So, my daughter, the owner of K and T Creations, thought it would be a fantastic idea to have her equine delinquent mother write her first blog of the new year. Welcome 2019 and if this is any indication of how you are going to go…well, best of horseshoe luck my friend. 😊
I can’t say I am 100% horse illiterate… as at the age of four to five years old I had the sweetest pony named, Gringo. From what I remember of her and the fading polaroid pictures of Gringo, well, she appeared to be a doll. At that age, I had no fear of a horse and Gringo lived to please. I regret we didn’t get to make more memories together and that my brothers didn’t get to keep riding, especially, my brother Jerry. He ALWAYS loved to ride and jumped at the chance at every opportunity.
Then in my teen years, my best friend’s family owned the horses at the Bedford Springs Hotel where they gave lessons and trail rides. It was a sweet deal as we were to able to ride here and there and I will never forget Charlie, one blind eye and ‘couldn’t-see-out-of-the-other-eye’ horse. He was another good natured, pokey horse that I was always given to ride. Come to think of it, I remember them saying that it was my best friend’s grandmother’s horse. Hmmm. I also remember the last trail ride with me and good ole’ Charlie, we held the entire gang up because as soon as my hind end hit the saddle, Charlie made his way back to his stall to get few extra nibbles of hay for the ride. I looked like a complete simpleton on that horses back, not only in the stall while he grazed, but every furlong he put between us and the other riders on the trail. “Gitty up and go” was not in Charlie’s vocabulary.
To further enhance my understanding of horses, every vacation we went on, Taylor somehow managed to book a trail ride and off we went. Two of the most memorable was a ride in Kentucky and other in Tennessee. At the Kentucky Horse Farm, I was paired with a horse name Kamikaze. I knew from the moment I heard his name it didn’t look favorable. As Taylor always says, “You lived, didn’t you?” Well yes, yes, I did. But only after Kamikaze bit the rear end of the horse in front of me, not once, but twice, which caused some hard feelings between my horse and the poor fella in front of me. What really set the steeple to shining, was the pre-trail ride instructions. I am definitely a rule follower and I tried to take it all in and be the best steward of this majestic animal named Kamikaze, but listen, when Kamikaze breaks free from the rest of the trail group, proceeds down a ravine at a high rate of speed like we hit a den of venomous snakes, whinnying his disgust at the likes of what, I have no idea, my first and most natural reaction was to let out a wail that I can only cousin to the rebel yell. Apparently, that was in the list of pre-trail ride no-nos. There was quite a bit of commotion following this train wreck and I do recall vowing to walk the 5 miles back to the main barn, much like Scarlett O’Hara vowed in the classic, “Gone with the Wind.” (It involved God as my witness and threats of never again….)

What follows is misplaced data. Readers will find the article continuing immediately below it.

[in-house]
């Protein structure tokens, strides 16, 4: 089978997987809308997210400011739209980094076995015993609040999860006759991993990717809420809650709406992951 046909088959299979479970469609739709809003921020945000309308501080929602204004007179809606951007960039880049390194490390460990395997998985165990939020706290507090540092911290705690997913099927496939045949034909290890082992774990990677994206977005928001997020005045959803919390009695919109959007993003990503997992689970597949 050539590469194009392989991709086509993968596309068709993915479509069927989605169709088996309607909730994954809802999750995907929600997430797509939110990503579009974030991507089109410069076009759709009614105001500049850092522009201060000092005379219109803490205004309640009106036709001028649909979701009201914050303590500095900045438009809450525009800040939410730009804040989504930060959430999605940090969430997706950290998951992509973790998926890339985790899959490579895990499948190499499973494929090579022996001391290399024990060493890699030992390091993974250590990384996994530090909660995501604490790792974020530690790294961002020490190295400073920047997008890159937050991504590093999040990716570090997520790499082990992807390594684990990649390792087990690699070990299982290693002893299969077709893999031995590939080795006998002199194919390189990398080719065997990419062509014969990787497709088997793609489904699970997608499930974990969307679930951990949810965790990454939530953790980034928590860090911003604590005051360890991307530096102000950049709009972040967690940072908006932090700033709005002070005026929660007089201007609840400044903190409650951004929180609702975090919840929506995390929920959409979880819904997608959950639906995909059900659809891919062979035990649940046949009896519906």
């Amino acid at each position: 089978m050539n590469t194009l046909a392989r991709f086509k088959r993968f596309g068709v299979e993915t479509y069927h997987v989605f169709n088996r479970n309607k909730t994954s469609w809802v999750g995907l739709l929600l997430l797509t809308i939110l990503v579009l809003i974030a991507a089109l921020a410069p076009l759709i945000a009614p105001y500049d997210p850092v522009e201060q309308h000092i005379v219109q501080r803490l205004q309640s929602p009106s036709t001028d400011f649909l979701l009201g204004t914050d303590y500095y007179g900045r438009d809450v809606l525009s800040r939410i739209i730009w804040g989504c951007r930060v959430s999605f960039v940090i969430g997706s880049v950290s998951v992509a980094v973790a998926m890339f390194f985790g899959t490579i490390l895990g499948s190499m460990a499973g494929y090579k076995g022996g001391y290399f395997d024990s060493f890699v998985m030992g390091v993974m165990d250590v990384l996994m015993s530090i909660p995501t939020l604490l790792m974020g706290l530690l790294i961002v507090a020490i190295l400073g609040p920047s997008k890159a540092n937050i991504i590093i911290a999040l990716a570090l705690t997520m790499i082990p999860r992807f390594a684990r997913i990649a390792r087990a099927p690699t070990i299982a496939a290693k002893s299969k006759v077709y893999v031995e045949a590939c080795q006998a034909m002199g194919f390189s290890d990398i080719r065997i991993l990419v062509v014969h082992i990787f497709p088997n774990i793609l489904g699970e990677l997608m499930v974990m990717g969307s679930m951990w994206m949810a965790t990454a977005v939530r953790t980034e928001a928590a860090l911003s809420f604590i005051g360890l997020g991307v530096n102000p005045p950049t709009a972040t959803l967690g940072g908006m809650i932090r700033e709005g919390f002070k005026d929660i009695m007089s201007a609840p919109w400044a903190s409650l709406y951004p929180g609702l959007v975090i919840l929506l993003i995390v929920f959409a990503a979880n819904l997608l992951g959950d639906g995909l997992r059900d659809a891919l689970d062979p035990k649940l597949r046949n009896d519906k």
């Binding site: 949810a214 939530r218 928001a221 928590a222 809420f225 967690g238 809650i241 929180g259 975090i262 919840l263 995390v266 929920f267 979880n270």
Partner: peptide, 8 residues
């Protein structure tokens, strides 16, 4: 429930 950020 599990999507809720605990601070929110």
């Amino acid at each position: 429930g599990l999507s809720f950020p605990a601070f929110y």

So, in Tennessee, a few years later, Taylor signs us up for another trail ride. For the life of me, I can’t remember my horse’s name, but I do clearly remember my horse’s gas issue. Something that day didn’t set right for my poor guy. For over an hour, over hill and over dale, that horse farted, trumped, broke wind, tooted, honked, and passed more gas than one healthy individual should. The poor horse that had its head up my horse’s tail, well, they should have had more sense to move their head, but instead for every escaping vapor my horse produced, the horse behind coughed, hacked, and barked worse than a coal miner. No harm no foul, but my lord did we ever laugh. All I could do to comfort my vapor locked buddy was rub his mane and say, “there there.”
Okay, so I clearly am 99% equine illiterate. I do now know the difference between a harness and a halter. Amira, Taylor’s dog, wears a harness, while Blaze, Taylor’s horse wears a halter and sometimes wears a harness. Oh, never mind…
It was a pleasure meeting each of you and welcoming the new year into existence. Happy trails and may we meet again.
Until next time,